Volcanology of the upper cone of Rockeskyller Kopf, West Eifel Volcanic field, Germany

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University of New Brunswick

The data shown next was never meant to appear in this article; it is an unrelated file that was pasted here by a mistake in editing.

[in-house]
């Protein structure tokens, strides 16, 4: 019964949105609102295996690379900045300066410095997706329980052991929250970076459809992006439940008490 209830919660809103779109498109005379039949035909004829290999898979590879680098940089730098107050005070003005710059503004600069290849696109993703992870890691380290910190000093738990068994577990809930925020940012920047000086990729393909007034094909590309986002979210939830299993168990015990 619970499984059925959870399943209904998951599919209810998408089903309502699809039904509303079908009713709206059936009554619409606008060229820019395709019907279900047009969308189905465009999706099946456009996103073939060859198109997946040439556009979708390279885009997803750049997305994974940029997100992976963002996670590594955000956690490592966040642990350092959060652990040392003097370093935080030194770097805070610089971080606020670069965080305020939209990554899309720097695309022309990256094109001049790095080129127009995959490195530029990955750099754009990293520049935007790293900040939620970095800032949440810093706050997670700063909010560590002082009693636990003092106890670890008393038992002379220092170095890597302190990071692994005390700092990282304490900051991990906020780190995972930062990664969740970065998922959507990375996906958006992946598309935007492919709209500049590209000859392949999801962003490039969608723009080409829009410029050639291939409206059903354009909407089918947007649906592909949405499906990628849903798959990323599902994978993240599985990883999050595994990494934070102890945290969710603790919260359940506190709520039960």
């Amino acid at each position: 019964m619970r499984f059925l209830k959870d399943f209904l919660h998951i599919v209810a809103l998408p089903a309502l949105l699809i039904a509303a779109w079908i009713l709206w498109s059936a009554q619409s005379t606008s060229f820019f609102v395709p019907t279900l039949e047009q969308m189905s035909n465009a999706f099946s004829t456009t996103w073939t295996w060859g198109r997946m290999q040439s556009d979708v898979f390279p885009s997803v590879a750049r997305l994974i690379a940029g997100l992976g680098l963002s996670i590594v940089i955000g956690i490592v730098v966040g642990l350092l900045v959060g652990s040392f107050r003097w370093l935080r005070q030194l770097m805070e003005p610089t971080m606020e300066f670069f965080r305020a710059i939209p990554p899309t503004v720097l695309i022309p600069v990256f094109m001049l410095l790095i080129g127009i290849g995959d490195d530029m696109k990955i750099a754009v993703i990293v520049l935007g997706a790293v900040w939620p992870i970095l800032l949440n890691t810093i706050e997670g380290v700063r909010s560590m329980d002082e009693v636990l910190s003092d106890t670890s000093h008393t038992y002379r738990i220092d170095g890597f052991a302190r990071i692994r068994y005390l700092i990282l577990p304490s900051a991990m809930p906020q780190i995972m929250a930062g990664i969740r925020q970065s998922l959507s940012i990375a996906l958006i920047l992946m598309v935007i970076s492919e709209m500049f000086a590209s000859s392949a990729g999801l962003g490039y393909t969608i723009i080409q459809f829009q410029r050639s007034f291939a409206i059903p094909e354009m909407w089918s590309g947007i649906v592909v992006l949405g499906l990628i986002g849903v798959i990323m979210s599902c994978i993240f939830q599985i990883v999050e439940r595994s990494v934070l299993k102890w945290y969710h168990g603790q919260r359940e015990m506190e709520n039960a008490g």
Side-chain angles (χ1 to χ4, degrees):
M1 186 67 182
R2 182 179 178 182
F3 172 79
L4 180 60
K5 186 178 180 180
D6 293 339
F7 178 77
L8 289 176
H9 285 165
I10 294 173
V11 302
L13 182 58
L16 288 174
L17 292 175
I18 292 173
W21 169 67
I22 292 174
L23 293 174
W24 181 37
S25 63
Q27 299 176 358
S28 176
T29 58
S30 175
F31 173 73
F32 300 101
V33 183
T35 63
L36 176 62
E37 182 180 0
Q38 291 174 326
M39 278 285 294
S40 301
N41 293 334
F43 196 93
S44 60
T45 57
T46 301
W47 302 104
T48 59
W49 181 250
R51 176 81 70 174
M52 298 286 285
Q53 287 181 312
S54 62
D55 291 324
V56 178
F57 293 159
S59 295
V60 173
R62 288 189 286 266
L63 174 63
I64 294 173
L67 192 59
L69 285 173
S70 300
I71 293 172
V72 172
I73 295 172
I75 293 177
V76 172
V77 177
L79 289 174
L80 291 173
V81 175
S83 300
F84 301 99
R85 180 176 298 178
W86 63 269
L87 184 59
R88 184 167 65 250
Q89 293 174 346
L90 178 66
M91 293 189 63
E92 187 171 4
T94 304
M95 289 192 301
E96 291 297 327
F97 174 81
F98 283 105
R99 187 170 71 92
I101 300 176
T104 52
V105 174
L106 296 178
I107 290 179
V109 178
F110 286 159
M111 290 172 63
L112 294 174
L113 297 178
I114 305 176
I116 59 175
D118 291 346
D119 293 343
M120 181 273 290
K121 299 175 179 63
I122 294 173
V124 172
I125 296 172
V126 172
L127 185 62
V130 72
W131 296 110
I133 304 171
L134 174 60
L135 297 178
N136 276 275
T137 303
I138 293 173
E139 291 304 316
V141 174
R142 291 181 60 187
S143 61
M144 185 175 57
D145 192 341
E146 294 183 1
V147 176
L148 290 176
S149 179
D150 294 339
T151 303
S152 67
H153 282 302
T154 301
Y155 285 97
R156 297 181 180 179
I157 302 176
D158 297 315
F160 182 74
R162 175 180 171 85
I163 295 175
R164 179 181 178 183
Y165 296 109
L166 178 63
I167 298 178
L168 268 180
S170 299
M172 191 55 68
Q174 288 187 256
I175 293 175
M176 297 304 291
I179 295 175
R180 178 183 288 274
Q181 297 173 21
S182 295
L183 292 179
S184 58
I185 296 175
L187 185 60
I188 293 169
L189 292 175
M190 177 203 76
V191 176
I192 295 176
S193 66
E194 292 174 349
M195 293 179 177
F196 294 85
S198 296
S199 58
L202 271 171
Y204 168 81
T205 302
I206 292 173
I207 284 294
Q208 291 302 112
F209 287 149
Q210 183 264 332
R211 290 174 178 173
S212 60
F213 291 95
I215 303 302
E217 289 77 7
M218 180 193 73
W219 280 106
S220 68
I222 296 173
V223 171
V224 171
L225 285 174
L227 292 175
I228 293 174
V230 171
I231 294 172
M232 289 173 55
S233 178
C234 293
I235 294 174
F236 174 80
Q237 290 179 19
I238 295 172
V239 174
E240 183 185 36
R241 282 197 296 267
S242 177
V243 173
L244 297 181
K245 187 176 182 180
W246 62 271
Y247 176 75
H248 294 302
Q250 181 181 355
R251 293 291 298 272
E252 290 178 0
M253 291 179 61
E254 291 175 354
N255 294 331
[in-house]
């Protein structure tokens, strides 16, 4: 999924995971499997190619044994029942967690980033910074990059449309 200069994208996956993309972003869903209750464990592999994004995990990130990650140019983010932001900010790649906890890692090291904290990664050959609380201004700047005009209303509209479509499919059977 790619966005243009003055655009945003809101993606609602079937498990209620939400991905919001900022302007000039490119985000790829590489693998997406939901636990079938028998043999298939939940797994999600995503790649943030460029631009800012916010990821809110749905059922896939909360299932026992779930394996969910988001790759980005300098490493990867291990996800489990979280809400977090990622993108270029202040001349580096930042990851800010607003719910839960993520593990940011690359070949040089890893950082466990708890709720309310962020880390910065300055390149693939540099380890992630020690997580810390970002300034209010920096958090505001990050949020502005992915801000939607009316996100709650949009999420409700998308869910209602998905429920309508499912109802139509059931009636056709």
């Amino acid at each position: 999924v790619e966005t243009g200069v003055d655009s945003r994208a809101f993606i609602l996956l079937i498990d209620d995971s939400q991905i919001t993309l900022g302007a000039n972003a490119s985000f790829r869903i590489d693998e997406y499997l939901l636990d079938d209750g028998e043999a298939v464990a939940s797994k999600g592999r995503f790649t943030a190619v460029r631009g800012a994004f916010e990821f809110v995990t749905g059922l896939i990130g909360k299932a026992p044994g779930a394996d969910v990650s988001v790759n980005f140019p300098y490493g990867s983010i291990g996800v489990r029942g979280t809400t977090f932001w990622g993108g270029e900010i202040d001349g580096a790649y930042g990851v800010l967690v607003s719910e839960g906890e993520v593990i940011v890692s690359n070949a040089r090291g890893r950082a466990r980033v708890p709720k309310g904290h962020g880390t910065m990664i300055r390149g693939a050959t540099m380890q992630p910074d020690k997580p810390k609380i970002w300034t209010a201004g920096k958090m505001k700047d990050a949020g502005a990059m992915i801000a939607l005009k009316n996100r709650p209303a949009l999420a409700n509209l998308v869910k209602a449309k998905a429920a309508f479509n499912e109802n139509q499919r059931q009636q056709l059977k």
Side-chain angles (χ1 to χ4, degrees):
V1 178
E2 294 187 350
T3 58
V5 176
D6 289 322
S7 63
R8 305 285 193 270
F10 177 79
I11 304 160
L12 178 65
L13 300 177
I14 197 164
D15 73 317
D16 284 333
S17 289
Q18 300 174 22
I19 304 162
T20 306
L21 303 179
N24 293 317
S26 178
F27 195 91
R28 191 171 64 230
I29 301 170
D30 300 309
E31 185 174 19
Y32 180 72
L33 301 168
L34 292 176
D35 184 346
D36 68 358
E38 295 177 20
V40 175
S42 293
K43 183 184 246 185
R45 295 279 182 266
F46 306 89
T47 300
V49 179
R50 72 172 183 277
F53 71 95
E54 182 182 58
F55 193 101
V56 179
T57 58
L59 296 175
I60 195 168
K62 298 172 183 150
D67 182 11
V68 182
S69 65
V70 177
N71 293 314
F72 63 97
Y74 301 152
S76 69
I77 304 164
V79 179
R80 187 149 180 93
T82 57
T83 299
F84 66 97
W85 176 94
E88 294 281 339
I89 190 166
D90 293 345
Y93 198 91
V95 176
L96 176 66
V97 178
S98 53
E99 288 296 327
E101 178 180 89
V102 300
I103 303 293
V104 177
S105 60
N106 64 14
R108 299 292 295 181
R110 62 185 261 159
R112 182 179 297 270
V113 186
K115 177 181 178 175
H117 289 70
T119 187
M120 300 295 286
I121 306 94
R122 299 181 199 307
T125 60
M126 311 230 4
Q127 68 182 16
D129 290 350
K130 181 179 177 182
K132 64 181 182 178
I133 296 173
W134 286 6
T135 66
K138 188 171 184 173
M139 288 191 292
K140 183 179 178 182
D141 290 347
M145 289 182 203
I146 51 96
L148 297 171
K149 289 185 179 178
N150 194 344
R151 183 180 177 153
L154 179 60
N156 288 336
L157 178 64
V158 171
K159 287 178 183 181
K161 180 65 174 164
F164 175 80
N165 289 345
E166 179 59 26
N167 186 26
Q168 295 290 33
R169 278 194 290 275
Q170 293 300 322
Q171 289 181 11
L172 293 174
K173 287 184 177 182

Rockeskyller Kopf in the W.est Eifel volcanic field of Germany is a composite volcanic complex that was erupted on to Devonian dolomite at around 500 ± 100 ka BP. The youngest deposits are a scoria cone and lava flow that are exposed in a near perfect radial cross section. The scoria cone was erupted in three main stages: a) an initial crater wall building stage (-10m thick) that is characterized by poorly-layered to massive, subangular, welded scoria, that average 1.25 cm in size; b) main stage deposits, - 14 m thick, exhibit well-developed, meter-scale bedding, with the majority of the units containing lapilli up to 6 cm and bombs as large as 1m; c) waning stage deposits (-12m thick) are characterized by a reduction in lapilli size and smaller scale, better defined layering. The crater wall deposits are disconformably overlain by crater fill deposits, composed of poorly layered and poorly sorted lapilli that pinch out at the edge of the crater. Two welded scoria with ash layers are draped over the entire crater wall unit, from the bottom of the crater to the outer most exposure of the wall. The next stage of eruption was dominated by effusive eruption producing spattered material including fragments with flow structures as well as spindle bombs that filled and spilled over the crater wall. Occurrence of lower crustal xenoliths and basement rock fragments varies throughout the eruption. Whole rock geochemical data and petrographic observations indicate that the rocks from the scoria cone and spatter material of Rockeskyller Kopf are F-suite, leucititic lavas. The samples however, become alkali enriched as the eruption proceeded, opposite to the observed alkali depletion typical of F-suite magma eruptions. Major element oxide values are scattered but show no patterned variation as the eruption proceeded. Average La/Lu ratios are approximately 250 and indicate that the magma was generated in the garnet stability field. Trace element concentrations and petrographic observations indicate that the magma was not contaminated by crustal material. The source magma for the scoria cone and lava flow of Rockesykller Kopf rose quickly from the mantle as one pulse. The magma chamber was tapped from the bottom or side causing the reverse trend in alkali enrichment. The crater wall deposits formed by Strombolian activity and sporadic minor phreatomagmatic pulses. The crater fill deposits are interpreted to be the result of fire-fountaining with the formation of spatter deposits and local bomb-rich horizons; this culminated in the formation of a thick lava flow.